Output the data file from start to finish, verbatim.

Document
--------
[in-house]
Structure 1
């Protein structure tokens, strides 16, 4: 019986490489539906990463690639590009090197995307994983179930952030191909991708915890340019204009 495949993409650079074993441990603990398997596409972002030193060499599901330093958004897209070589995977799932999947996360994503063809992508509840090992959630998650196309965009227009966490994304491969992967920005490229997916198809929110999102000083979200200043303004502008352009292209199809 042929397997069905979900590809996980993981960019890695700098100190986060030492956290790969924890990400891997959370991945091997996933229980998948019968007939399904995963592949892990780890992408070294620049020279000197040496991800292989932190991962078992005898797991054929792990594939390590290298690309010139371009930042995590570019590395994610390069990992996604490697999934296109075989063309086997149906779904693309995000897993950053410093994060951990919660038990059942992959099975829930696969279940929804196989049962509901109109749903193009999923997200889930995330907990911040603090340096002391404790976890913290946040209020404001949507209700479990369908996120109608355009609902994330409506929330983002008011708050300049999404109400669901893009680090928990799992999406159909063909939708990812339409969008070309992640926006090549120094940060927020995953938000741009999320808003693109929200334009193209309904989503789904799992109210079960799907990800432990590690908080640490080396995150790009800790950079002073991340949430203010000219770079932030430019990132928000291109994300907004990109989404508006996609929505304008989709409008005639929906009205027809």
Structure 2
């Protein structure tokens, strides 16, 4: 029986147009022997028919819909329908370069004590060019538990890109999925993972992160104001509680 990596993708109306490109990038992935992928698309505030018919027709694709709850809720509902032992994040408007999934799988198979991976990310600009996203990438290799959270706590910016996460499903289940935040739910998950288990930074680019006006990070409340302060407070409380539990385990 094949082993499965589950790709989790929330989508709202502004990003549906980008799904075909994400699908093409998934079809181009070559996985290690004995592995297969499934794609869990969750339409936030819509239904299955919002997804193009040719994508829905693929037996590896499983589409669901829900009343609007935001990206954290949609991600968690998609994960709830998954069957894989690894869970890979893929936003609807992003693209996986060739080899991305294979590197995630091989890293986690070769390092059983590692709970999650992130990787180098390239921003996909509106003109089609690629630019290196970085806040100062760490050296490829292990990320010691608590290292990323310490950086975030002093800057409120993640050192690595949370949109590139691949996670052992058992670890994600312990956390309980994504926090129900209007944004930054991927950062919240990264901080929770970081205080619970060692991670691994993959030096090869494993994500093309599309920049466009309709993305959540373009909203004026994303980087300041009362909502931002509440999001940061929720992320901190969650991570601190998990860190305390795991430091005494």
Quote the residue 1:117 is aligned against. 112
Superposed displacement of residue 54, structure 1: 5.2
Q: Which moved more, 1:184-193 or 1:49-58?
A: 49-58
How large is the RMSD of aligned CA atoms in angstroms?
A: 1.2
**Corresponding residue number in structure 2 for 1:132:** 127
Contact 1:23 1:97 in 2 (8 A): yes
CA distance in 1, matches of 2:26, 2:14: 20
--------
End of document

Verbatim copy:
[in-house]
Structure 1
């Protein structure tokens, strides 16, 4: 019986490489539906990463690639590009090197995307994983179930952030191909991708915890340019204009 495949993409650079074993441990603990398997596409972002030193060499599901330093958004897209070589995977799932999947996360994503063809992508509840090992959630998650196309965009227009966490994304491969992967920005490229997916198809929110999102000083979200200043303004502008352009292209199809 042929397997069905979900590809996980993981960019890695700098100190986060030492956290790969924890990400891997959370991945091997996933229980998948019968007939399904995963592949892990780890992408070294620049020279000197040496991800292989932190991962078992005898797991054929792990594939390590290298690309010139371009930042995590570019590395994610390069990992996604490697999934296109075989063309086997149906779904693309995000897993950053410093994060951990919660038990059942992959099975829930696969279940929804196989049962509901109109749903193009999923997200889930995330907990911040603090340096002391404790976890913290946040209020404001949507209700479990369908996120109608355009609902994330409506929330983002008011708050300049999404109400669901893009680090928990799992999406159909063909939708990812339409969008070309992640926006090549120094940060927020995953938000741009999320808003693109929200334009193209309904989503789904799992109210079960799907990800432990590690908080640490080396995150790009800790950079002073991340949430203010000219770079932030430019990132928000291109994300907004990109989404508006996609929505304008989709409008005639929906009205027809």
Structure 2
């Protein structure tokens, strides 16, 4: 029986147009022997028919819909329908370069004590060019538990890109999925993972992160104001509680 990596993708109306490109990038992935992928698309505030018919027709694709709850809720509902032992994040408007999934799988198979991976990310600009996203990438290799959270706590910016996460499903289940935040739910998950288990930074680019006006990070409340302060407070409380539990385990 094949082993499965589950790709989790929330989508709202502004990003549906980008799904075909994400699908093409998934079809181009070559996985290690004995592995297969499934794609869990969750339409936030819509239904299955919002997804193009040719994508829905693929037996590896499983589409669901829900009343609007935001990206954290949609991600968690998609994960709830998954069957894989690894869970890979893929936003609807992003693209996986060739080899991305294979590197995630091989890293986690070769390092059983590692709970999650992130990787180098390239921003996909509106003109089609690629630019290196970085806040100062760490050296490829292990990320010691608590290292990323310490950086975030002093800057409120993640050192690595949370949109590139691949996670052992058992670890994600312990956390309980994504926090129900209007944004930054991927950062919240990264901080929770970081205080619970060692991670691994993959030096090869494993994500093309599309920049466009309709993305959540373009909203004026994303980087300041009362909502931002509440999001940061929720992320901190969650991570601190998990860190305390795991430091005494």
Quote the residue 1:117 is aligned against. 112
Superposed displacement of residue 54, structure 1: 5.2
Q: Which moved more, 1:184-193 or 1:49-58?
A: 49-58
How large is the RMSD of aligned CA atoms in angstroms?
A: 1.2
**Corresponding residue number in structure 2 for 1:132:** 127
Contact 1:23 1:97 in 2 (8 A): yes
CA distance in 1, matches of 2:26, 2:14: 20